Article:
As a manager, there is a clear difference between being just a boss and being a leader. Where a boss orders, a leader guides; a boss manages, a leader inspires. The difference lies in how you make your employees feel and how you view your relationship with them. A good leader sees it as their responsibility to inspire, guide, and nurture their employees to help them improve; they lead by example.
“In today’s transparent social-media-driven world, senior executives, especially those with a high profile, will be tested and called to task over their morals and ethics in how they do business,” said Shane Green, author of Culture Hacker (Wiley, 2017). “This used to be more focused on business practices but is now shifting [to] leadership practices. Businesses, and their leaders, are under a microscope. How they act and interact with those around them professionally will have a significant impact on their ability to attract new talent and, ultimately, their bottom lines.”
Ethical leadership is defined as “leadership that is directed by respect for ethical beliefs and values and for the dignity and rights of others.” It is mainly concerned with moral development and virtuous behavior.
Or, as Heather R. Younger, founder of Customer Fanatix, put it, “an ethical leader is someone who lives and dies for integrity. Doing the right thing, even when it hurts, is the ethical leader’s mantra.”
And while this all may sound lofty, it’s more attainable than you might think. Here’s how to become an ethical leader.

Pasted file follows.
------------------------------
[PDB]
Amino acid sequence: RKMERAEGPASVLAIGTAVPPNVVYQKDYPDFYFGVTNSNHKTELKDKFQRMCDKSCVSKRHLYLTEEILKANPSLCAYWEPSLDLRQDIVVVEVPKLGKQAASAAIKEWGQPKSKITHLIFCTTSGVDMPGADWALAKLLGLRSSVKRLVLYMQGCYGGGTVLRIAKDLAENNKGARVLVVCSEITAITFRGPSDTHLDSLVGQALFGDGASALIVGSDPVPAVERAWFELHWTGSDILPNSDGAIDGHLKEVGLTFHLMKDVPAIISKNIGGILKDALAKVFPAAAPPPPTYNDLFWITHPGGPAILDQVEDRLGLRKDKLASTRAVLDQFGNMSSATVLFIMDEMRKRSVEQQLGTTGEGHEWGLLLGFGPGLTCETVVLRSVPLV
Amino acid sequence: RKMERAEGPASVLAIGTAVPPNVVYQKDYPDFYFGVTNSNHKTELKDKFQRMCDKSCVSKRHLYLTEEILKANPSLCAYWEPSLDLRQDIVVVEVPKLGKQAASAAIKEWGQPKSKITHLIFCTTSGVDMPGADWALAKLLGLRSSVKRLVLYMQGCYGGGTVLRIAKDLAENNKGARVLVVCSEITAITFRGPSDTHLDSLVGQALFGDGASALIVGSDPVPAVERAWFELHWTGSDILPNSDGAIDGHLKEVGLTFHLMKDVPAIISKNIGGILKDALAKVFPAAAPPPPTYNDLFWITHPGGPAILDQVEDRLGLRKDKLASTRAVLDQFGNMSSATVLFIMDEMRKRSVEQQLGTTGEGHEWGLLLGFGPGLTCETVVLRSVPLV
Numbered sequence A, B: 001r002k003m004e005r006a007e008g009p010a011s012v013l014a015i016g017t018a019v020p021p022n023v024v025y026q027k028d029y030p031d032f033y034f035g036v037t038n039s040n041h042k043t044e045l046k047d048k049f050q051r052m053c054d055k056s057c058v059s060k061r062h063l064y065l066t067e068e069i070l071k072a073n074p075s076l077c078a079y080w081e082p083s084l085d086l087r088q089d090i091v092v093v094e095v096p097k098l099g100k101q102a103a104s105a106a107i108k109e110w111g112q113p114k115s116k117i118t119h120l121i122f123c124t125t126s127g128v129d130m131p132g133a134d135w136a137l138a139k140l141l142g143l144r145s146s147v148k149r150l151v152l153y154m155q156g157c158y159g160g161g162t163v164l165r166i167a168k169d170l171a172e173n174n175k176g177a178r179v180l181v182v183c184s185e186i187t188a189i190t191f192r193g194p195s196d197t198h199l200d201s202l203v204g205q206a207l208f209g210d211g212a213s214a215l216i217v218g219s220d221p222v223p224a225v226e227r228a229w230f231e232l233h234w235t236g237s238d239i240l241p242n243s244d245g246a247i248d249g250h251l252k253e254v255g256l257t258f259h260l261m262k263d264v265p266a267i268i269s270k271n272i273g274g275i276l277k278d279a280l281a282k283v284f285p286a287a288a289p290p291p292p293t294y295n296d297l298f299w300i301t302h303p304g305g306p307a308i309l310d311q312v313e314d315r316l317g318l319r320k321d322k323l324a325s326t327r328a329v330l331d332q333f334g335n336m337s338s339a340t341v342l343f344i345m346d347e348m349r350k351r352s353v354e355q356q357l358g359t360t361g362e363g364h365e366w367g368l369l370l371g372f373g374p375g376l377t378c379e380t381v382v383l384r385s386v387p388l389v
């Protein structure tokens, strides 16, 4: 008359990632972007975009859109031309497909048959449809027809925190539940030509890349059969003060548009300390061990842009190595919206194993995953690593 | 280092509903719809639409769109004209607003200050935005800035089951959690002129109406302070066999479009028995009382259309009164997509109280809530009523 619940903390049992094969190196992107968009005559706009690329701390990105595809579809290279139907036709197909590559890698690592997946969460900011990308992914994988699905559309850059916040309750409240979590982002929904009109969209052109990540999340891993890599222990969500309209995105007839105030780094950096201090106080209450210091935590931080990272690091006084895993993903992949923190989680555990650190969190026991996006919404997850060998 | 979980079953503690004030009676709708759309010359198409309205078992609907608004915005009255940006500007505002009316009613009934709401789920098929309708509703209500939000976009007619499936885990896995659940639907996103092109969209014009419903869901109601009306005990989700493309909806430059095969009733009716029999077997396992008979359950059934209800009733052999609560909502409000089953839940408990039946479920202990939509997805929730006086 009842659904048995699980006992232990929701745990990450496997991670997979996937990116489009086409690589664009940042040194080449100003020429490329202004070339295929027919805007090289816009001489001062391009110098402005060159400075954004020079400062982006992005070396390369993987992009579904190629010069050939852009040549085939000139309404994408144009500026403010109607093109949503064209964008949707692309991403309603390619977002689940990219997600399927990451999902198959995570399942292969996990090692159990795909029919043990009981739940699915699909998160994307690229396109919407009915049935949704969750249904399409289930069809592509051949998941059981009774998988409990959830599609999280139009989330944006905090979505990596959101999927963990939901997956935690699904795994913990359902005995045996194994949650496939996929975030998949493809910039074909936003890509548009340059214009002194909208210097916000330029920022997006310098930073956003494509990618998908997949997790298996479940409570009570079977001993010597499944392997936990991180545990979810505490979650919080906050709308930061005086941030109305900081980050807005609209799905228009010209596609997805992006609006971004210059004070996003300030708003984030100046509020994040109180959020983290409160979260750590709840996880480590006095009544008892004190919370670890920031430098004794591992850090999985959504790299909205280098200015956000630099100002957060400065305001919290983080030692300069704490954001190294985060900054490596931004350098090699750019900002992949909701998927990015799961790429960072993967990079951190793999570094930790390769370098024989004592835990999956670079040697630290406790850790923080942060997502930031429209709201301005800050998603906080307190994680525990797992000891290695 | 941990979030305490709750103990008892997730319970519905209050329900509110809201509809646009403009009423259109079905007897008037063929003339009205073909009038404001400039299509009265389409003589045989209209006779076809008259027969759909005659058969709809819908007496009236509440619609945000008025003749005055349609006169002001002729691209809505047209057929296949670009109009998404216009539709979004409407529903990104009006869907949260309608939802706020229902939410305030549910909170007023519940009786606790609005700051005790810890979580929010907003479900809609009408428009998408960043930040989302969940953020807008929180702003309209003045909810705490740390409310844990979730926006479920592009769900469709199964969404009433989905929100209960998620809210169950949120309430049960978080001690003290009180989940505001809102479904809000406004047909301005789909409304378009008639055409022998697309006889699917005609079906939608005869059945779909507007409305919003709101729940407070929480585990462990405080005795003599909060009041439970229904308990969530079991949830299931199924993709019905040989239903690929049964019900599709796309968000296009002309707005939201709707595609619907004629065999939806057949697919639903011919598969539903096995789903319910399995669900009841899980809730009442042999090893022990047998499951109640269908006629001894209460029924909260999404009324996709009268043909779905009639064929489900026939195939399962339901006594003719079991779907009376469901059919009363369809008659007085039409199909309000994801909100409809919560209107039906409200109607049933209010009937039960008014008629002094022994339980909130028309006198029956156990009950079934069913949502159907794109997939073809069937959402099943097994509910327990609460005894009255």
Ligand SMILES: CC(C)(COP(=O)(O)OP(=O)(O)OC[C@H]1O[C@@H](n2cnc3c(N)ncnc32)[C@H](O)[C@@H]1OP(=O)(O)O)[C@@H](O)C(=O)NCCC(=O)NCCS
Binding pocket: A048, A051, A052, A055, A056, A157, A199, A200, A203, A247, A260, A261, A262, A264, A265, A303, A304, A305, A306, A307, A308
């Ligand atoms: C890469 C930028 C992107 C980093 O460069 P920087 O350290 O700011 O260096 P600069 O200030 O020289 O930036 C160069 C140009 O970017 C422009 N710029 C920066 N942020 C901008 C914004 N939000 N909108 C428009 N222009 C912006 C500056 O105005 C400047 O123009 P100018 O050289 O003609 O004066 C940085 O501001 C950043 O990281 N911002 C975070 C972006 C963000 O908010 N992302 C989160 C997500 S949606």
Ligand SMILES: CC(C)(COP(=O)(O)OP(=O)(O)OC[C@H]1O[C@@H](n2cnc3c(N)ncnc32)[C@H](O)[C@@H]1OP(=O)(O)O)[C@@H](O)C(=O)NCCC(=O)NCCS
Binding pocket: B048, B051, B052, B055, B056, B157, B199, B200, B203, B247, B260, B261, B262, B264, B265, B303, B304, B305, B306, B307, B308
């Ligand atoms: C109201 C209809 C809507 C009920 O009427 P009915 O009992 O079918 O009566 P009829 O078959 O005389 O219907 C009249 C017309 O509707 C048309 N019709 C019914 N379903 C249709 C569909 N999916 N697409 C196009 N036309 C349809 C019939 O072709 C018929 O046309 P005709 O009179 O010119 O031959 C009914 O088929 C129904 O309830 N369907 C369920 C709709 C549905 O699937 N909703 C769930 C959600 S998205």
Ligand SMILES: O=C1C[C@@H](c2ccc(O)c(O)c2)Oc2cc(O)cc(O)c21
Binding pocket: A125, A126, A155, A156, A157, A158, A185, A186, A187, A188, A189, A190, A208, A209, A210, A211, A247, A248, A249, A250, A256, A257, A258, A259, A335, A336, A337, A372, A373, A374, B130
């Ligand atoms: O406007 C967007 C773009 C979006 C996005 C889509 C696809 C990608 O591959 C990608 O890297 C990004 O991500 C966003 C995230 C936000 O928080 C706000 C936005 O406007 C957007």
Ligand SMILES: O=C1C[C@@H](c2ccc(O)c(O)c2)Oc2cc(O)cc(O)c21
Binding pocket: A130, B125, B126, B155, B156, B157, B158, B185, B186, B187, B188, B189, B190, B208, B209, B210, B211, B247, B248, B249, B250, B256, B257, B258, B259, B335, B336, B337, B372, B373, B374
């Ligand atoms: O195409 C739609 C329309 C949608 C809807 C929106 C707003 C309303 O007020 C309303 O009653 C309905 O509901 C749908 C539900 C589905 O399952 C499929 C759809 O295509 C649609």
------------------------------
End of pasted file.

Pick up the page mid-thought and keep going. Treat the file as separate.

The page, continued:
Define and align your values.
Consider the morals you were raised with: Treat others how you want to be treated, always say “thank you,” help those who are struggling, etc. But as you grow, and as society progresses, conventions change, often causing values to shift.
“This is the biggest challenge ethics face in our culture and at work and is the biggest challenge ethical leadership faces,” said Matthew Kelly, founder and CEO of FLOYD Consulting and author of The Culture Solution (Blue Sparrow Books, 2019). “What used to be universally accepted as good and true, right and just, is now up for considerable debate. This environment of relativism makes it very difficult for values-based leaders.”
Kelly added that to find success in ethical leadership, demonstrate how adhering to specific values benefits the mission of the organization.
“Culture is not a collection of personal preferences,” he said. “Mission is king. When that ceases to be true, an organization has begun its journey toward the mediocre middle.”
Ask yourself what matters to you as an individual and then align that with your priorities as a leader. Defining your values not only expresses your authenticity, it encourages your team to do the same, creating a shared vision for all workers.
Hire people with similar values.
While your values don’t need to be identical with those of your workers, you should be able to establish common ground with them. This often starts with the hiring process and is maintained through a vision statement.
“I do not believe that every person is a fit for every company, and that is OK,” said Green. “Companies need to do a better job ensuring they find people who are aligned with their values rather than just hiring for experience.”
In fact, Kelly believes it’s valuable to hire employees who have different experiences and perspectives, because they each offer their own solutions to challenges.